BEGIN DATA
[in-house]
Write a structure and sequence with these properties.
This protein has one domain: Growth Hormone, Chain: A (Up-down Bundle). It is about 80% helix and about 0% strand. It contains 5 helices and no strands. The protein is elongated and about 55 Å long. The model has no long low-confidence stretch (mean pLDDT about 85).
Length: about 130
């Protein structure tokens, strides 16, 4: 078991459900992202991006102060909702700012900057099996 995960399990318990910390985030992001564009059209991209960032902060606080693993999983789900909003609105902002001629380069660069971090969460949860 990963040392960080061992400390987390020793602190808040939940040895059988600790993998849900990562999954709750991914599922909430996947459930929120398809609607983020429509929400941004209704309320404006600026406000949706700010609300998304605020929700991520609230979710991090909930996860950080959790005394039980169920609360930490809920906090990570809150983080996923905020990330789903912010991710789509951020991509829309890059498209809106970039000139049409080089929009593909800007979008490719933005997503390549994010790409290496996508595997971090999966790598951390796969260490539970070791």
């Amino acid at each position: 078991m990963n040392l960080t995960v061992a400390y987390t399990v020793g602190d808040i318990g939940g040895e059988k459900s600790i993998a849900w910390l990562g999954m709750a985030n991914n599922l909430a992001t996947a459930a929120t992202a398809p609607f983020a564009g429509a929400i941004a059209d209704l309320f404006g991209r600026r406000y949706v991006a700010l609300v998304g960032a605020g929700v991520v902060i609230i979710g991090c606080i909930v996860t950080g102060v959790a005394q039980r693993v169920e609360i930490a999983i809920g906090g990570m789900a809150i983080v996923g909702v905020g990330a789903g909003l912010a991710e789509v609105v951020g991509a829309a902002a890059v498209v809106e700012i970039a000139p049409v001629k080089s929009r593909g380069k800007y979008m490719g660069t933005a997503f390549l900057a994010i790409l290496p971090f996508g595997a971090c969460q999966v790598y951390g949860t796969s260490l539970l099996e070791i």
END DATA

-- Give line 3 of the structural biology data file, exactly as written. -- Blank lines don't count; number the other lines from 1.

This protein has one domain: Growth Hormone, Chain: A (Up-down Bundle). It is about 80% helix and about 0% strand. It contains 5 helices and no strands. The protein is elongated and about 55 Å long. The model has no long low-confidence stretch (mean pLDDT about 85).